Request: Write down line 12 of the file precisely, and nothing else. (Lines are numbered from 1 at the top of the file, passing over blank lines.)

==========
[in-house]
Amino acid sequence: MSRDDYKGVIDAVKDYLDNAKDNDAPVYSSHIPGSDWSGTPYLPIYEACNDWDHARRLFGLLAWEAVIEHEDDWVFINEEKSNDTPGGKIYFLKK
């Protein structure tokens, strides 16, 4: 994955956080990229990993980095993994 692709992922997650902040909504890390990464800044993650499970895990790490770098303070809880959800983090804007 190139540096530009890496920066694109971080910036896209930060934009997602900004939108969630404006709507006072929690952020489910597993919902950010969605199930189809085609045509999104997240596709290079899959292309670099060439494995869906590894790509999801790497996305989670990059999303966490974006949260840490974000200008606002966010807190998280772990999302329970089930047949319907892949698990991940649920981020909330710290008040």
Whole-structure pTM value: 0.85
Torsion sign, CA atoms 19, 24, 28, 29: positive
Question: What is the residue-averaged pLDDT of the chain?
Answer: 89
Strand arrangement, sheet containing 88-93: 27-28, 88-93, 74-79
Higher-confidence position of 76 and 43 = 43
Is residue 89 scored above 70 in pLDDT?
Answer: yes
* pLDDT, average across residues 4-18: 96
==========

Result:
* pLDDT, average across residues 4-18: 96